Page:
12 Linking CSS to your HTML Embedded style sheets – In the HTML header between – Applied for the whole HTML file External style sheets – Can be applied for multiple HTML files Element linked style sheets – On location HTML element linking, only applied to the element it is bound to – Similar to the font elements formatting rules – Use the style attribute: Intro Imported style sheets – In external style sheets multiple style sheets can be linked: @import url(other.css); – The import has to precede all other CSS elements in the documents

13 Applying CSS to HTML Style rules can be applied in 3 ways: Inline Styles: A large purple Heading For individual elements using the STYLE attribute Embedded style sheets: Stylin’! H1 {color: purple;} P {font-size: 10pt; color: gray;} … External style sheets: This is true “separation” of style and content. Keeping all your styles in an external document is simpler

14 Let ’ s See Some Code Sample Style sheet Rule Structure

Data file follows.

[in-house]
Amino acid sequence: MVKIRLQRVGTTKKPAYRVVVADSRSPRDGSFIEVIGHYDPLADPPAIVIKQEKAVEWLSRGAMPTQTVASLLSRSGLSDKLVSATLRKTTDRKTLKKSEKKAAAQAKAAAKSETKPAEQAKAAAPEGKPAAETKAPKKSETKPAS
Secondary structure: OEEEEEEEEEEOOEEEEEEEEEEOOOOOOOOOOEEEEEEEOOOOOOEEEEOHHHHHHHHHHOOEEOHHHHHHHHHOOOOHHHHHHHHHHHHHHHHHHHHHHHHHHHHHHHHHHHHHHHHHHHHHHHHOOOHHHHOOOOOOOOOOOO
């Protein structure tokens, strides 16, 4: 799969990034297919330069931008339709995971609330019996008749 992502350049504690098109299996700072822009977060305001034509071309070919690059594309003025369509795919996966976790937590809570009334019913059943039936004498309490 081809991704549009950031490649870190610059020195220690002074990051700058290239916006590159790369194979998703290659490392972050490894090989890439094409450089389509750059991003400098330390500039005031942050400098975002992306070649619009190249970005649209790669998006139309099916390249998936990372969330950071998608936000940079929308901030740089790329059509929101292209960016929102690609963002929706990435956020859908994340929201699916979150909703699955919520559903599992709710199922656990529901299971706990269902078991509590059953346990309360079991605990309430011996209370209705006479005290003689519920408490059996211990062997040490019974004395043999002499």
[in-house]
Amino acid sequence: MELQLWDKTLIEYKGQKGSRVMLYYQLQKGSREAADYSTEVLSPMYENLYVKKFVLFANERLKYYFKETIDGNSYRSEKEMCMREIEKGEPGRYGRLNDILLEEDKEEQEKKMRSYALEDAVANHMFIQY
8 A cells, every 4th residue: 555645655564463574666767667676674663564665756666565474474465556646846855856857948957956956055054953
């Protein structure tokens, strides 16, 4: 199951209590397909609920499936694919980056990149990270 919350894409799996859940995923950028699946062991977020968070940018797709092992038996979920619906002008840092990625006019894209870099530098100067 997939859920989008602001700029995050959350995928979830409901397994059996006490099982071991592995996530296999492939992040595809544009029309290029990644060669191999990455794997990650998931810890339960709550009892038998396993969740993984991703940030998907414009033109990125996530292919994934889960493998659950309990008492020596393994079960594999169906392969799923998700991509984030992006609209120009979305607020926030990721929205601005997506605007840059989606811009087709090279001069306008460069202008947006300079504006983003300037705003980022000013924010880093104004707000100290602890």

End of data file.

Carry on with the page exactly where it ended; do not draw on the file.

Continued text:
15 Brief overview of the CSS2 syntax Ruleset syntax : selector? '{' S* declaration? [ ';' S* declaration? ]* '}' S* S* = [ \t\r\n\f]+ declaration = property ':' S* value; Example:. uportal-text-small { color : Black; font-family : Verdana, Geneva, Arial, Helvetica; font-size : 10px; } selector declaration property

16 Selectors Class Selectors Danger! Be careful… ……. In your HTML code - H1.warning {color: red;} OR to an entire class….warning {color:red;}

17 Selectors Element Selectors – (refer to HTML tags) H1 {color: purple;} H1, H2, P {color: purple;} Contextual – (refer to HTML, but in context) LI B {color: purple;}


19 Selectors & cascading Selectors are a way to match styles to elements in the document tree Different types of selectors: – Universal selector – Type selectors – Descendant selectors – Child selectors – Adjacent sibling selectors – Attribute selectors – ID selectors – Pseudo-elements – Pseudo-classes Spaces matter! – P#myid – selects a P element with id equal to “ myid ” – P #myid – selects an element with id equal to “ myid ” that is a descendant of P